Third Class: Storytelling and Content creation.

It was an interactive session with Google For Africa head of operations, Nkechi Freda who introduced us to other advanced Google tools to aid Storytelling and content creation. Some of these tools were: Google time travel, Google trends, Google Search tools, Google Maps, and project shield.

The Google station – A program designed to provide high-quality, high-speed Wi-Fi hotspots in partnership with 21st Century, one of the largest fiber network providers in Nigeria was introduced to us.

The Google stations will be rolling out in 200 locations in five cities across Nigeria by the end of 2019, bringing Wi-Fi to millions of people. Sites will include markets, transport hubs, shopping malls, universities and more.

General lessons from the event:

Whenever you are attending a similar event, go with the following things in mind:

  1. Network : This is the most important part of such outing. Always be prepared to network and build your connections. Meet new people, ask questions and offer suggestions. As this would help you expand your brand because who knows, you just might be talking with your next client. So always go prepared with your business card and other types of brand material.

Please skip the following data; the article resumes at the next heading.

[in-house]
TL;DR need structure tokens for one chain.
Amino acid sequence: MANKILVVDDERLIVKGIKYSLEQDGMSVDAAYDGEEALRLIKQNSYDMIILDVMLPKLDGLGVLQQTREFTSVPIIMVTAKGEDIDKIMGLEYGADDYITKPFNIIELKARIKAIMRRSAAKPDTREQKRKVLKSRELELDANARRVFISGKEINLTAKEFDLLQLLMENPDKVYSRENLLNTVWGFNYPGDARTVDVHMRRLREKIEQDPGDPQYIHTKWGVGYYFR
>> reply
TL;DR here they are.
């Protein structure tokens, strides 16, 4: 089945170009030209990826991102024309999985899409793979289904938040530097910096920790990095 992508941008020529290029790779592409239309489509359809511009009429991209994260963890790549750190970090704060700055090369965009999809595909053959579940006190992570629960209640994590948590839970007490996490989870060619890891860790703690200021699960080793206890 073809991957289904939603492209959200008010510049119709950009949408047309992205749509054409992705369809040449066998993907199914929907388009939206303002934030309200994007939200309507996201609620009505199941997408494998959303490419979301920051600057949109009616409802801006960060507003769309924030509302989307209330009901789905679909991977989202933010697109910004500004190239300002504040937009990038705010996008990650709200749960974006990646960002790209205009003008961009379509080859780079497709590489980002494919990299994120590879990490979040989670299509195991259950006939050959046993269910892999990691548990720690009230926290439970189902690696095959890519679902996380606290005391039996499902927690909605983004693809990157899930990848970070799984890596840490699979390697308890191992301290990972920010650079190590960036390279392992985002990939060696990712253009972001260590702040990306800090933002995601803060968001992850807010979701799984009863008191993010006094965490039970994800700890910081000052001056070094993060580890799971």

Dress Up : Dress up in a way that adequately represents your brand. Don’t think that because it’s a “class” that you have to dress casually. No honey, wear a comfortable and smart outfit that would make a positive statement about you. Remember you are an embodiment of your brand and how you dress determines how you would be addressed.

In a nutshell, just have fun as you go.

Question : Did you find this post interesting and learn a thing or two? Kindly leave comments below, like and share.

Night Out – [A Short Story]

Its a Wednesday night, and as I turn around in front of my mirror for the umpteenth time, I double tap my mobile screen, checking to ensure I’m still within my time limit and not going to be late for the hang out with my friends – the last one in, pays the bill for the first round of drinks – solo.

I do another 180 to ensure my butt looks perfect in my midnight blue mini bandage dress; this last check is more because the guys are coming, and when I say guys my mind pictures Bankole, Sandra’s brother, designated driver, super responsible, duper cute, maxi sexy and everything in between. My year long crush… More like 3yrs now. For as long as I’ve had Sandy as a friend, Bankole has had my late night infatuation and daylight fantasy slots booked to the T.